Wednesday, June 15, 2011

Software Freedom of Choice

NOTE: I first wrote these thoughts in response to "Lxer: The Century of the Linux Desktop", an RSS link to an article on LXer. I wrote my initial comments at Desktop Linux Reviews Forum.

When it comes to software, I believe in freedom and I believe in choice; the choice to run all free sofware, the choice to run a pragmatic mix of free and non-free software, and the choice to run commercial and proprietary software as well.

For my personal use at home, I overwhelmingly run free software with preference toward completely free, when possible, but pragmatic, when it comes to doing the things that I want to do, run the applications that I want to run, and save time and money in the process. I do actually have a version of Windows 7 that my part time employer acquired for me, but now we have a new Webserver that is based on Word Press, and the Email function sends mail directly to me, rather than requiring me to login to Front Page to extract the messages, save them and edit them using proprietary programs. Now I can do the complete job from most any system. Not sure that I'd try it on my netbook, but that might actually be an interesting experiment for when I am "on the go" or out of town.

Favorites? In the foreseeable future, it is quite likely that my favorite will be Linux-based unless something even better comes along. Right now, I like Debian-based derivatives the most, but when Debian lags, I try others as well. Sabayon, PCLinuxOS, openSUSE with Tumbleweed rolling release repositories, and Mageia test (Cooker) versions have provided me with early prototypes of new applications to test out. Debian Sid has been somewhat more stable than them, and Debian Testing has been completely stable. Debian Stable has been rock stable, and it works if all I want is to get on a system, read Email and browse the Web. SimplyMEPIS is the finest ready-to-go Debian-based system if that kind of stability is what you look for, so I always keep it around. The MEPIS derivative antiX is a great alternative to run with either Stable, Testing, or Sid (Unstable), and it provides plenty of tools to use to tinker with it. I keep both Live CDs and multiple installed versions of antiX and one of its recent "children", Swift Linux, installed, they work great.

Before closing this dialog, though, I want to not only defend the right to free software, I want to defend the right to proprietary commercial software as well. There is definitely a place for Windows, and there is definitely a place for Mac OS X too. Windows is great for those who don't want to tinker, will pay for a system, but want it simple. You can get something similar in SimplyMEPIS, PCLinuxOS, or Mint, but some people can't be bothered even to learn their subtle distinctions and quirks, and for them, Windows is the right choice. For others, the Mac definitely has an elegance and a richness to it. To me, it is expensive, and it limits choice, but the choice or alternative that it offers, and to quite a few, who are willing to pay the premium price, it is a very good alternative. It's not for me, but I won't argue or contest with those who like it. Based on what I've seen, though it's not my choice, just like the iPad, iPhone, iMac, anything with the "i" prepending the name, the brand suggests something, and it delivers what it suggests, and that's value - at least to those looking for it.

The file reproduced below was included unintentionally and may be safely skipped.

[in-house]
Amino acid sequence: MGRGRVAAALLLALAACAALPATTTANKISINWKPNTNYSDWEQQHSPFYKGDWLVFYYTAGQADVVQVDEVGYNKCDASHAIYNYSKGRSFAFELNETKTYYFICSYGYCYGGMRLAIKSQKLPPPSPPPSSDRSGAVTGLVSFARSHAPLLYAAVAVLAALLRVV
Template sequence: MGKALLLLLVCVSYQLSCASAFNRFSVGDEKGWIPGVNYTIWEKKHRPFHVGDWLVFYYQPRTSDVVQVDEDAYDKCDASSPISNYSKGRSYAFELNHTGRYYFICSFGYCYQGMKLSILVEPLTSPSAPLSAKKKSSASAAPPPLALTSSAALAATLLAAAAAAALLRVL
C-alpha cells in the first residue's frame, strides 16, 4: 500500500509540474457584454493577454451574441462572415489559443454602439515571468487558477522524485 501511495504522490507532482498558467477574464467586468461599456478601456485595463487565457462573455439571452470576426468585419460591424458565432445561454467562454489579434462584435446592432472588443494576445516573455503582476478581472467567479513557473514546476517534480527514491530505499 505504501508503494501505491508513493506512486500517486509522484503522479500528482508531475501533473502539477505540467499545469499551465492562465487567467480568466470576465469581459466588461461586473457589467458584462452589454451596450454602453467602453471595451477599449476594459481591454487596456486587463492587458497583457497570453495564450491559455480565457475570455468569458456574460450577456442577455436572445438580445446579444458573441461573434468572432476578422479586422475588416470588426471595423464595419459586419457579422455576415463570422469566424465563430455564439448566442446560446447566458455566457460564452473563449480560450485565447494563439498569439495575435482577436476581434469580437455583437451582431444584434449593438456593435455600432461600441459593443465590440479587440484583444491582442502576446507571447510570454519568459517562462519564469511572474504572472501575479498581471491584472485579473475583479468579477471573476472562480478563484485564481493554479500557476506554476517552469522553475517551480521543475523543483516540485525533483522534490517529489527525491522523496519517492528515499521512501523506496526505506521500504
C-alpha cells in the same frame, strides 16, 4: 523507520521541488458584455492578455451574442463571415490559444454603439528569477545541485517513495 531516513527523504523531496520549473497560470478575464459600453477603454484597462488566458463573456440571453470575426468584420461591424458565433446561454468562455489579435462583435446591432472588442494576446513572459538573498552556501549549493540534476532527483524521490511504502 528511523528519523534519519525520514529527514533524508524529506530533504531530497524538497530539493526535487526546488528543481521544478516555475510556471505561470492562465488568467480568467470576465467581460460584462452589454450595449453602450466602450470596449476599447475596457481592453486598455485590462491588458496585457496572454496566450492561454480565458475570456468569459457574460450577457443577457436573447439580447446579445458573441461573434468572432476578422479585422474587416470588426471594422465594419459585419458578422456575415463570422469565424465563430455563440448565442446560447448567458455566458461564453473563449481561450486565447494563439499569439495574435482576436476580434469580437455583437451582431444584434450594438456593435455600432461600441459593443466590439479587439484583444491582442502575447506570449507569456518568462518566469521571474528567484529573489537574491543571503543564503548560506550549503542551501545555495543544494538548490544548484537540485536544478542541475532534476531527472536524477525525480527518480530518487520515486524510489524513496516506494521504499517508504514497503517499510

For me, starting with any of several Debian-derived systems as my starting point, I can make something that can deliver 100% of what I need for every day home use, and I can do it for the cost of the system itself, the media, and the network connection, and my time, that's it. That is a pretty good "value proposition" for me, especially since I can get several of them up and running in under fifteen minutes, perhaps a half hour investment, considering download and media creation times, and I can multi-task during those times, so it's well worth my while, and even at $50 an hour, (if I use a round figure to value my time), I can spend an hour or two before I face the expenses that I would face with any commercial sofware system, so it's well worth it to me, and I also happen to enjoy it.

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